Known as Microsoft Office Outlook Live, the service includes a subscription version of Outlook 2003 to connect with Hotmail or MSN e-mail accounts. For $59 a year, customers get an e-mail account with 2GB of storage and the ability to send individual messages with up to 20MB of attachments. Customers can also check multiple e-mail accounts, including corporate accounts that are managed through an Exchange server.
With Outlook Live, the software giant is trying to offer more to the power users among the Hotmail crowd--those that use Hotmail extensively but don't necessarily own a copy of Office, Microsoft lead product manager Brooke Richardson said.
"When it comes down to it, one size doesn't fit all," Richardson said.
Richardson said there is potential for more subscription versions of Office products down the road but that there are no immediate such plans.
"We think Outlook is really uniquely suited to it," she said. "We'll definitely be watching and learning."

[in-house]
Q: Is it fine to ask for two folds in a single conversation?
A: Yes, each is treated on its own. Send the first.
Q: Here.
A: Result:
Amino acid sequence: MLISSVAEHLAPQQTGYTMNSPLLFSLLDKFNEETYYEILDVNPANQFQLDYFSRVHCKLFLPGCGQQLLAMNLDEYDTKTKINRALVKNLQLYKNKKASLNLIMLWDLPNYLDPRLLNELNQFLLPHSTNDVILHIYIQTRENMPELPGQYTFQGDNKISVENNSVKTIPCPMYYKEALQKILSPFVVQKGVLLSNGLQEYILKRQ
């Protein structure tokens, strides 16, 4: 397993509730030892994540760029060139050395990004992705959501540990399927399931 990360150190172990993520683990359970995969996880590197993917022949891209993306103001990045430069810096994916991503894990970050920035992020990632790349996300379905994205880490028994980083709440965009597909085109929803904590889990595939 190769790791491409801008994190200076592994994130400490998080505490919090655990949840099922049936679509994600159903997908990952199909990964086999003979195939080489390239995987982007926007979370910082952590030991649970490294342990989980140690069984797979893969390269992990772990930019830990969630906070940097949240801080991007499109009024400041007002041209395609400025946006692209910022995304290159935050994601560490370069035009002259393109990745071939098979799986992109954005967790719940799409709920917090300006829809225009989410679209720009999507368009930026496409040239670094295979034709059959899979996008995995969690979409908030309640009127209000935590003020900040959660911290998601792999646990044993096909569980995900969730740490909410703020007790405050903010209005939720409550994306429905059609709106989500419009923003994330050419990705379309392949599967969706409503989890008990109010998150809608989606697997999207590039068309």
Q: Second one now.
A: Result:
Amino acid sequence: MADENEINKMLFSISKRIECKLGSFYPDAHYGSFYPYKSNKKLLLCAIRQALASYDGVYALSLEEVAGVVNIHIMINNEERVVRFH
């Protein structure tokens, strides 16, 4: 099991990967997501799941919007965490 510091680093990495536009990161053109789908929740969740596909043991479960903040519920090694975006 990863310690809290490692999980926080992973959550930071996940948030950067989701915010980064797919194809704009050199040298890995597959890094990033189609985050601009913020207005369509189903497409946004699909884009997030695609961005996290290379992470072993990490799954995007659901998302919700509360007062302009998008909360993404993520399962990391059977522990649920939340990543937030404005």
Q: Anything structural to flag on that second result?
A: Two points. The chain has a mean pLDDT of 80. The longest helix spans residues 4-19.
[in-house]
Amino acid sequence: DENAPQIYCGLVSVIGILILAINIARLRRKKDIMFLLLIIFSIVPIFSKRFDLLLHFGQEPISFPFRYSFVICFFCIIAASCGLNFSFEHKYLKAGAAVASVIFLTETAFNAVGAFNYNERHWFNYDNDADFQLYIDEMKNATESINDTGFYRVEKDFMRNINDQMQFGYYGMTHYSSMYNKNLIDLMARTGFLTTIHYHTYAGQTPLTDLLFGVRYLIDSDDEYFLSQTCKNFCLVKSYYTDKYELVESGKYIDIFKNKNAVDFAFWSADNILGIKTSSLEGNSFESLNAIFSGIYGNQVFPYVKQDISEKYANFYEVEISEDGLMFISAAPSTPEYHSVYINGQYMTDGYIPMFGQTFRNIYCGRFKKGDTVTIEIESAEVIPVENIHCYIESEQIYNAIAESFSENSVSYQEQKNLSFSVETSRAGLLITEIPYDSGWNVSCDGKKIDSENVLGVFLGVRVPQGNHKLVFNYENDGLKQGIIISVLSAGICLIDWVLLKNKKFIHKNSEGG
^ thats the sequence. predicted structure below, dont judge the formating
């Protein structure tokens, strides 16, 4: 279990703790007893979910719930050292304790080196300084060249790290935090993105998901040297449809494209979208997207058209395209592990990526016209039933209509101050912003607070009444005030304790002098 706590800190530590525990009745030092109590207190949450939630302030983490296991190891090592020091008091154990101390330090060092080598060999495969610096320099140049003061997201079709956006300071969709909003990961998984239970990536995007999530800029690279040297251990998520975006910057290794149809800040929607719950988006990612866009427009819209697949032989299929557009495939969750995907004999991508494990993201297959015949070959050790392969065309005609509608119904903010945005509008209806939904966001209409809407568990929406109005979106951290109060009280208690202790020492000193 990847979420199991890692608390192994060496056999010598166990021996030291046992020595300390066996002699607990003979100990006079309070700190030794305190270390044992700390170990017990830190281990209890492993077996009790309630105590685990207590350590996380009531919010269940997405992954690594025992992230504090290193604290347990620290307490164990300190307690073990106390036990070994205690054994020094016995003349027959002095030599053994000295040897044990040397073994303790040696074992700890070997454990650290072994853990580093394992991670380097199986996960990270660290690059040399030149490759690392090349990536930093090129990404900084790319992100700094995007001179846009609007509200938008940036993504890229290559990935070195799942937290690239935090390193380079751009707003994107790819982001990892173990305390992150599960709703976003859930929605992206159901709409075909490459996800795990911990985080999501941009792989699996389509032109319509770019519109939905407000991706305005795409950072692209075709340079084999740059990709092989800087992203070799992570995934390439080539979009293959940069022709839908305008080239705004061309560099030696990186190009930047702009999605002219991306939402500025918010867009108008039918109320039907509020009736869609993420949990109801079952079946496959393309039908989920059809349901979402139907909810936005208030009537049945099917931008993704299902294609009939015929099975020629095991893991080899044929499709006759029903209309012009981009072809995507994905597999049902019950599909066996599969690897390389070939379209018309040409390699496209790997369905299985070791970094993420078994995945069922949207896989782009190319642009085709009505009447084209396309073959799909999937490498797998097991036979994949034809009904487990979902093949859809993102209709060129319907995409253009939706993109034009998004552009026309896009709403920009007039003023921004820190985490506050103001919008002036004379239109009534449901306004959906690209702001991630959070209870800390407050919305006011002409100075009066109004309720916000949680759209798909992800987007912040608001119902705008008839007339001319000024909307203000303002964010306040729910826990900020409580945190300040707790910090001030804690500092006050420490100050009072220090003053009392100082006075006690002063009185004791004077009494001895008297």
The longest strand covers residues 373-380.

The company beganfor Outlook Live in December.
Among its features, the program will automatically synchronize changes made in Outlook with the Hotmail server. It also includes antispam and antivirus tools.
Through April 19, Microsoft is offering a discounted annual rate of $44.95.
Outlook Live will initially be available in the United States, Canada and the United Kingdom. Richardson said the company hopes to expand further, most likely to countries with a high percentage of homes with a broadband Internet connection.
The product is similar to the Outlook Connector feature that is a part of Microsoft's MSN Premium service, which costs $9.95 a month. However, the Outlook Connector, which works with Outlook 2002 or later, does not include a copy of Outlook.
Microsoftof Outlook Connector at a July 2003 meeting with financial analysts. The Connector feature shipped as in late 2003.
The Outlook Live program will also serve as a barometer to gauge whether customers are ready to accept an Office subscription plan.
Microsoft has beenfor years. The company launched a subscription trial program for Office XP several years ago in Australia and other countries.
However, Microsoft cancelled the trial, saying that customers weren't ready to adopt a subscription model.